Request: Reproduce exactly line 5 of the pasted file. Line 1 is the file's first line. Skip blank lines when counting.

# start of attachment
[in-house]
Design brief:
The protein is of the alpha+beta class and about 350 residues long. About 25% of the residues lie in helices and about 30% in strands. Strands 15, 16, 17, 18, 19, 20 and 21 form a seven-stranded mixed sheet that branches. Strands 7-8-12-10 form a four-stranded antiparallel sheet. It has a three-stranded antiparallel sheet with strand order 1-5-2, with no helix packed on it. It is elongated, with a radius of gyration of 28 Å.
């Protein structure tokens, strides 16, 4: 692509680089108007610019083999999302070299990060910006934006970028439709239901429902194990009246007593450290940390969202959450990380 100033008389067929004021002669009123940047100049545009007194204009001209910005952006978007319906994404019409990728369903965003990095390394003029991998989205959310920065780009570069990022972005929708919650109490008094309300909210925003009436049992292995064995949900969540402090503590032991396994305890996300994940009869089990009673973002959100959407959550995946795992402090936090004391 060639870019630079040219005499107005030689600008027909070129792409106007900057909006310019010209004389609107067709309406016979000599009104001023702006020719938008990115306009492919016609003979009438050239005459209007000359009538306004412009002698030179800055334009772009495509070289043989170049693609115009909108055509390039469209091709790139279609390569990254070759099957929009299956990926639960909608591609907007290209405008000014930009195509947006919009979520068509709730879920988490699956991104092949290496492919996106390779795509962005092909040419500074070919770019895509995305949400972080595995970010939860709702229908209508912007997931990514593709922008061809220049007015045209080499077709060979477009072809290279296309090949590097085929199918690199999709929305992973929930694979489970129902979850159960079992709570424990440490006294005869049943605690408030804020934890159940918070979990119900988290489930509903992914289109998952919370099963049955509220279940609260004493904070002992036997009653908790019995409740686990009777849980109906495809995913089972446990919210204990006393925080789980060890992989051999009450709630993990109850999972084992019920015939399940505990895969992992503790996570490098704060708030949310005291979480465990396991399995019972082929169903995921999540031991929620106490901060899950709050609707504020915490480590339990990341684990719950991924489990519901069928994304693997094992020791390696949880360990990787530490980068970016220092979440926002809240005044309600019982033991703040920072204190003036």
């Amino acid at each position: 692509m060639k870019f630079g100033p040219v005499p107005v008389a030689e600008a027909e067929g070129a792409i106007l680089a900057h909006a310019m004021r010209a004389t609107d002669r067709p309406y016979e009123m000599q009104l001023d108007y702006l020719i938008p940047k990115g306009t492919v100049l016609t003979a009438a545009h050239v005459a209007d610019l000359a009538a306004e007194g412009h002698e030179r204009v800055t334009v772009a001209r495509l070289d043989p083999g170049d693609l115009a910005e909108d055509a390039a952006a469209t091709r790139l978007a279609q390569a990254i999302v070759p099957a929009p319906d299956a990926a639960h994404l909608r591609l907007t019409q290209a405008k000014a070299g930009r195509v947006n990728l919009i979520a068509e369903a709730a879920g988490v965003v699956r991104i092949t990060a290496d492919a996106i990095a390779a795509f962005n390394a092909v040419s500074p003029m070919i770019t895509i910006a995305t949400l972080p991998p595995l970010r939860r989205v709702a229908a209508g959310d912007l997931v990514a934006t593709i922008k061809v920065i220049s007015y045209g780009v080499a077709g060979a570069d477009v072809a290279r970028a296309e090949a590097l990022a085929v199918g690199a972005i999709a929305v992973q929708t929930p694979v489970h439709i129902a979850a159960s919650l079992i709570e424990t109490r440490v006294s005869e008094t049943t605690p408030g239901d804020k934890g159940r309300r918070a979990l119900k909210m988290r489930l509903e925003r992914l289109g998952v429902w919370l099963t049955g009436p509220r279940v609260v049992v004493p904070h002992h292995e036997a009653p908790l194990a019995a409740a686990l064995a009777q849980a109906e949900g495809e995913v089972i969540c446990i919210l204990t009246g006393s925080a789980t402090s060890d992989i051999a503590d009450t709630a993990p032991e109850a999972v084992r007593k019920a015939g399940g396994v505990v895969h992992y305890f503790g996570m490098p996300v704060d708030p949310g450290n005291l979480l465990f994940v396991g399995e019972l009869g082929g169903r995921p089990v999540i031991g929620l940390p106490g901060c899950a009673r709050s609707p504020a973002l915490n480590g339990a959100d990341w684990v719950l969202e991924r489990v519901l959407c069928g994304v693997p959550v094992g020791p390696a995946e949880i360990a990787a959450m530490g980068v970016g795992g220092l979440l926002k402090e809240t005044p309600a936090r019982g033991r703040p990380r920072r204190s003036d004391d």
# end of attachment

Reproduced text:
């Amino acid at each position: 692509m060639k870019f630079g100033p040219v005499p107005v008389a030689e600008a027909e067929g070129a792409i106007l680089a900057h909006a310019m004021r010209a004389t609107d002669r067709p309406y016979e009123m000599q009104l001023d108007y702006l020719i938008p940047k990115g306009t492919v100049l016609t003979a009438a545009h050239v005459a209007d610019l000359a009538a306004e007194g412009h002698e030179r204009v800055t334009v772009a001209r495509l070289d043989p083999g170049d693609l115009a910005e909108d055509a390039a952006a469209t091709r790139l978007a279609q390569a990254i999302v070759p099957a929009p319906d299956a990926a639960h994404l909608r591609l907007t019409q290209a405008k000014a070299g930009r195509v947006n990728l919009i979520a068509e369903a709730a879920g988490v965003v699956r991104i092949t990060a290496d492919a996106i990095a390779a795509f962005n390394a092909v040419s500074p003029m070919i770019t895509i910006a995305t949400l972080p991998p595995l970010r939860r989205v709702a229908a209508g959310d912007l997931v990514a934006t593709i922008k061809v920065i220049s007015y045209g780009v080499a077709g060979a570069d477009v072809a290279r970028a296309e090949a590097l990022a085929v199918g690199a972005i999709a929305v992973q929708t929930p694979v489970h439709i129902a979850a159960s919650l079992i709570e424990t109490r440490v006294s005869e008094t049943t605690p408030g239901d804020k934890g159940r309300r918070a979990l119900k909210m988290r489930l509903e925003r992914l289109g998952v429902w919370l099963t049955g009436p509220r279940v609260v049992v004493p904070h002992h292995e036997a009653p908790l194990a019995a409740a686990l064995a009777q849980a109906e949900g495809e995913v089972i969540c446990i919210l204990t009246g006393s925080a789980t402090s060890d992989i051999a503590d009450t709630a993990p032991e109850a999972v084992r007593k019920a015939g399940g396994v505990v895969h992992y305890f503790g996570m490098p996300v704060d708030p949310g450290n005291l979480l465990f994940v396991g399995e019972l009869g082929g169903r995921p089990v999540i031991g929620l940390p106490g901060c899950a009673r709050s609707p504020a973002l915490n480590g339990a959100d990341w684990v719950l969202e991924r489990v519901l959407c069928g994304v693997p959550v094992g020791p390696a995946e949880i360990a990787a959450m530490g980068v970016g795992g220092l979440l926002k402090e809240t005044p309600a936090r019982g033991r703040p990380r920072r204190s003036d004391d």